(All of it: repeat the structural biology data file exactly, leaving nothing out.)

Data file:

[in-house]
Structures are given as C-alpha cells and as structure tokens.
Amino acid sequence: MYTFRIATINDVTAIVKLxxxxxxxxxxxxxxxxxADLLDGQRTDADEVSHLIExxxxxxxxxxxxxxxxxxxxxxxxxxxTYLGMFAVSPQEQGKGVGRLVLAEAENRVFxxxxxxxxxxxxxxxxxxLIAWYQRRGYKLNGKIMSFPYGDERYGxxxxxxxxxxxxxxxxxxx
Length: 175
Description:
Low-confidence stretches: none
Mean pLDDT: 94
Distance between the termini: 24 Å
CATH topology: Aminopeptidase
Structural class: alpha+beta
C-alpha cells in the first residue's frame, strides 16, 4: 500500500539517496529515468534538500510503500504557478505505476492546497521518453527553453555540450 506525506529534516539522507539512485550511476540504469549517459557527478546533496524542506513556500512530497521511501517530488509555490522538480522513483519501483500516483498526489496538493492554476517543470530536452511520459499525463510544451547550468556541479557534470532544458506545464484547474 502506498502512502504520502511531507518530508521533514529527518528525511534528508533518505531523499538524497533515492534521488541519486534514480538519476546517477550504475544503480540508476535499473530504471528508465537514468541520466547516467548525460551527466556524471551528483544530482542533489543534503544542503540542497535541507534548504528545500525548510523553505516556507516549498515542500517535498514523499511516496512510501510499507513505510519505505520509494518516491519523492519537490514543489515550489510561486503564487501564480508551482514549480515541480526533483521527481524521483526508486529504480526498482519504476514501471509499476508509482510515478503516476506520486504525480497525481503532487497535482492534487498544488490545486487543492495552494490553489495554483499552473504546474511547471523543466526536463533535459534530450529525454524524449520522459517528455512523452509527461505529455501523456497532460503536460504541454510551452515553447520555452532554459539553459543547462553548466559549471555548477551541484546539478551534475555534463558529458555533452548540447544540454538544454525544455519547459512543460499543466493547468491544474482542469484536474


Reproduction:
[in-house]
Structures are given as C-alpha cells and as structure tokens.
Amino acid sequence: MYTFRIATINDVTAIVKLxxxxxxxxxxxxxxxxxADLLDGQRTDADEVSHLIExxxxxxxxxxxxxxxxxxxxxxxxxxxTYLGMFAVSPQEQGKGVGRLVLAEAENRVFxxxxxxxxxxxxxxxxxxLIAWYQRRGYKLNGKIMSFPYGDERYGxxxxxxxxxxxxxxxxxxx
Length: 175
Description:
Low-confidence stretches: none
Mean pLDDT: 94
Distance between the termini: 24 Å
CATH topology: Aminopeptidase
Structural class: alpha+beta
C-alpha cells in the first residue's frame, strides 16, 4: 500500500539517496529515468534538500510503500504557478505505476492546497521518453527553453555540450 506525506529534516539522507539512485550511476540504469549517459557527478546533496524542506513556500512530497521511501517530488509555490522538480522513483519501483500516483498526489496538493492554476517543470530536452511520459499525463510544451547550468556541479557534470532544458506545464484547474 502506498502512502504520502511531507518530508521533514529527518528525511534528508533518505531523499538524497533515492534521488541519486534514480538519476546517477550504475544503480540508476535499473530504471528508465537514468541520466547516467548525460551527466556524471551528483544530482542533489543534503544542503540542497535541507534548504528545500525548510523553505516556507516549498515542500517535498514523499511516496512510501510499507513505510519505505520509494518516491519523492519537490514543489515550489510561486503564487501564480508551482514549480515541480526533483521527481524521483526508486529504480526498482519504476514501471509499476508509482510515478503516476506520486504525480497525481503532487497535482492534487498544488490545486487543492495552494490553489495554483499552473504546474511547471523543466526536463533535459534530450529525454524524449520522459517528455512523452509527461505529455501523456497532460503536460504541454510551452515553447520555452532554459539553459543547462553548466559549471555548477551541484546539478551534475555534463558529458555533452548540447544540454538544454525544455519547459512543460499543466493547468491544474482542469484536474